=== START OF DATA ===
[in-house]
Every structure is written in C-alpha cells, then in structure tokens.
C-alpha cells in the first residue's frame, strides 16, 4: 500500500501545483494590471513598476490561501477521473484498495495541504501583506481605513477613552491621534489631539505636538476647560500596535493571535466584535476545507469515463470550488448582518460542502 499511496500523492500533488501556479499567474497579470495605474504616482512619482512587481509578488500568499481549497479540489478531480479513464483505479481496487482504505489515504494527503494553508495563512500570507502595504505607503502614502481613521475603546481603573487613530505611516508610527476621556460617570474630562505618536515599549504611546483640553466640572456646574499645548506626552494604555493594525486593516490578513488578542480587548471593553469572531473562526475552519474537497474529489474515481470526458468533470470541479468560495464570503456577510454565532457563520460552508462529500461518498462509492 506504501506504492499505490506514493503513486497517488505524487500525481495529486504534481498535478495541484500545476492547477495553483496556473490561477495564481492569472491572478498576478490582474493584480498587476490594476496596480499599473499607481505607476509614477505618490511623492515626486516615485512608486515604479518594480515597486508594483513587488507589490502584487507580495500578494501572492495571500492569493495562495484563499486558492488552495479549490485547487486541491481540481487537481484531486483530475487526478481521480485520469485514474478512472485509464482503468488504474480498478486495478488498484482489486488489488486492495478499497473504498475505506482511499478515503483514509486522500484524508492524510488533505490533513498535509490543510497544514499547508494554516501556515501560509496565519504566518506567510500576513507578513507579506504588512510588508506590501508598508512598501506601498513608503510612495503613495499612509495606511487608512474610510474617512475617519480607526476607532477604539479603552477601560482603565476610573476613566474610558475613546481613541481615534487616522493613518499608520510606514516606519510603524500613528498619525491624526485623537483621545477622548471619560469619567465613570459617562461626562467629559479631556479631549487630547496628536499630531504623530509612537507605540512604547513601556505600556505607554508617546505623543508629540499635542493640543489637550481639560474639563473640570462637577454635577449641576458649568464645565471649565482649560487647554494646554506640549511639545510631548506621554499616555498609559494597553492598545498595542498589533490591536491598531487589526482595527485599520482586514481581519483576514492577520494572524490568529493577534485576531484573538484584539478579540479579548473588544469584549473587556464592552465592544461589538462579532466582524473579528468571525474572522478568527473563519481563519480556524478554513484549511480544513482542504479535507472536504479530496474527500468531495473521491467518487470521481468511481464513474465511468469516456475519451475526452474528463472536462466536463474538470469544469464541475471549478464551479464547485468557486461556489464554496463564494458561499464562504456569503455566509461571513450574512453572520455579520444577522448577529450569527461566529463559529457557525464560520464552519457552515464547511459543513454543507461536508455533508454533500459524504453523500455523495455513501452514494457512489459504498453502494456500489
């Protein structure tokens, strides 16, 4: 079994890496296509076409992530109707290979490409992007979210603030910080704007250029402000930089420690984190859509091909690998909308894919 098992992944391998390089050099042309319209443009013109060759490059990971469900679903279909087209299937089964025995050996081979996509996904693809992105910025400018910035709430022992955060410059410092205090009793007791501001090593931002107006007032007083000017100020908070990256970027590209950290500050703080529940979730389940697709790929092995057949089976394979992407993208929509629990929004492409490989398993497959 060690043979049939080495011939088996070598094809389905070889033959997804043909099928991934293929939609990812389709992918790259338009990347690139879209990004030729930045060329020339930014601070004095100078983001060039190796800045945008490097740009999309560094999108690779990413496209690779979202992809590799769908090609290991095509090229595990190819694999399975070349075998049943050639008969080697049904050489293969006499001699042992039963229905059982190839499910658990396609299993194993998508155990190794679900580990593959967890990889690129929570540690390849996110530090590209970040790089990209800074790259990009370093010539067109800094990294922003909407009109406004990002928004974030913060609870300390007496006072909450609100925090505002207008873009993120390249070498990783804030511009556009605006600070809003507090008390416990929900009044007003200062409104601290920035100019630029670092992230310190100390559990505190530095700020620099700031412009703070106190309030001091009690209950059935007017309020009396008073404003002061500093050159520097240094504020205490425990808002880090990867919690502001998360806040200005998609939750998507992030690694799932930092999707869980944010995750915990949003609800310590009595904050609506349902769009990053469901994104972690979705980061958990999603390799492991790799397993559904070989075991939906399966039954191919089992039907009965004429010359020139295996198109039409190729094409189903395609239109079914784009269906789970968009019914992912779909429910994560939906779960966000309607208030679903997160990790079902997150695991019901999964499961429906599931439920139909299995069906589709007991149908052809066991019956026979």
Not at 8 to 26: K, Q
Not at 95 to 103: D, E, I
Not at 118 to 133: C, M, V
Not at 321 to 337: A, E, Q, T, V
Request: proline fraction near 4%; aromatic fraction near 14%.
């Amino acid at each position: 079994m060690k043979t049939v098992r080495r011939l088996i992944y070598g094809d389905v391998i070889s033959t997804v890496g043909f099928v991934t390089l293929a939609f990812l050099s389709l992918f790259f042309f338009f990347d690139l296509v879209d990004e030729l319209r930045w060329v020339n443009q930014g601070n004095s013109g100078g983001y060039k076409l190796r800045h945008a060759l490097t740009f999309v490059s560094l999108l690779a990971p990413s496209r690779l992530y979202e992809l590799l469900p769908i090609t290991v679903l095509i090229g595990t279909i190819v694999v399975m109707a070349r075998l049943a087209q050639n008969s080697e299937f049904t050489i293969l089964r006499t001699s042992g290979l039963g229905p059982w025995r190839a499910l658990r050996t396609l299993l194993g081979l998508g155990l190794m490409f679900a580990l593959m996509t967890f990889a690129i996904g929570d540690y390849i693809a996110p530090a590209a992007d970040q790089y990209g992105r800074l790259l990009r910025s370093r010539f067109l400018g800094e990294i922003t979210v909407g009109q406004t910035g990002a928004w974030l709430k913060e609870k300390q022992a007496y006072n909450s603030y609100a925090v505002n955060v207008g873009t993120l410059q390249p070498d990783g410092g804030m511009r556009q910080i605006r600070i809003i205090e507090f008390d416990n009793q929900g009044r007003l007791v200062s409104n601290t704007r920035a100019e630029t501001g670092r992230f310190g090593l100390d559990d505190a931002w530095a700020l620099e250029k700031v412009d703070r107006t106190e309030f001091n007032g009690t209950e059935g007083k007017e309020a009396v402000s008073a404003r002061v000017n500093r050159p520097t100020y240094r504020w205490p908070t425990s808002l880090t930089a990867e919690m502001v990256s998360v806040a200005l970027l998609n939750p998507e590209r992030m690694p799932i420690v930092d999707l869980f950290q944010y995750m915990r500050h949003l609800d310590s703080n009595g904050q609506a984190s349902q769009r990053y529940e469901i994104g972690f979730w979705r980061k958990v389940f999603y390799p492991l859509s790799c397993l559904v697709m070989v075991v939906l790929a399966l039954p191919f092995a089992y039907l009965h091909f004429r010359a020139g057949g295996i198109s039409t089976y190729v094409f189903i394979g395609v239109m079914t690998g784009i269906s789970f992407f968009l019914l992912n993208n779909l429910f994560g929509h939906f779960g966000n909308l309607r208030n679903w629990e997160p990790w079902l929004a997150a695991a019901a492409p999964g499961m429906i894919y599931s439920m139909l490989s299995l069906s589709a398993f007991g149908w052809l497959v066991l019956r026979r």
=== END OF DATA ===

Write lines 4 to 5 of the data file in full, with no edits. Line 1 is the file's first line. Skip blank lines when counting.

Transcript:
């Protein structure tokens, strides 16, 4: 079994890496296509076409992530109707290979490409992007979210603030910080704007250029402000930089420690984190859509091909690998909308894919 098992992944391998390089050099042309319209443009013109060759490059990971469900679903279909087209299937089964025995050996081979996509996904693809992105910025400018910035709430022992955060410059410092205090009793007791501001090593931002107006007032007083000017100020908070990256970027590209950290500050703080529940979730389940697709790929092995057949089976394979992407993208929509629990929004492409490989398993497959 060690043979049939080495011939088996070598094809389905070889033959997804043909099928991934293929939609990812389709992918790259338009990347690139879209990004030729930045060329020339930014601070004095100078983001060039190796800045945008490097740009999309560094999108690779990413496209690779979202992809590799769908090609290991095509090229595990190819694999399975070349075998049943050639008969080697049904050489293969006499001699042992039963229905059982190839499910658990396609299993194993998508155990190794679900580990593959967890990889690129929570540690390849996110530090590209970040790089990209800074790259990009370093010539067109800094990294922003909407009109406004990002928004974030913060609870300390007496006072909450609100925090505002207008873009993120390249070498990783804030511009556009605006600070809003507090008390416990929900009044007003200062409104601290920035100019630029670092992230310190100390559990505190530095700020620099700031412009703070106190309030001091009690209950059935007017309020009396008073404003002061500093050159520097240094504020205490425990808002880090990867919690502001998360806040200005998609939750998507992030690694799932930092999707869980944010995750915990949003609800310590009595904050609506349902769009990053469901994104972690979705980061958990999603390799492991790799397993559904070989075991939906399966039954191919089992039907009965004429010359020139295996198109039409190729094409189903395609239109079914784009269906789970968009019914992912779909429910994560939906779960966000309607208030679903997160990790079902997150695991019901999964499961429906599931439920139909299995069906589709007991149908052809066991019956026979």
Not at 8 to 26: K, Q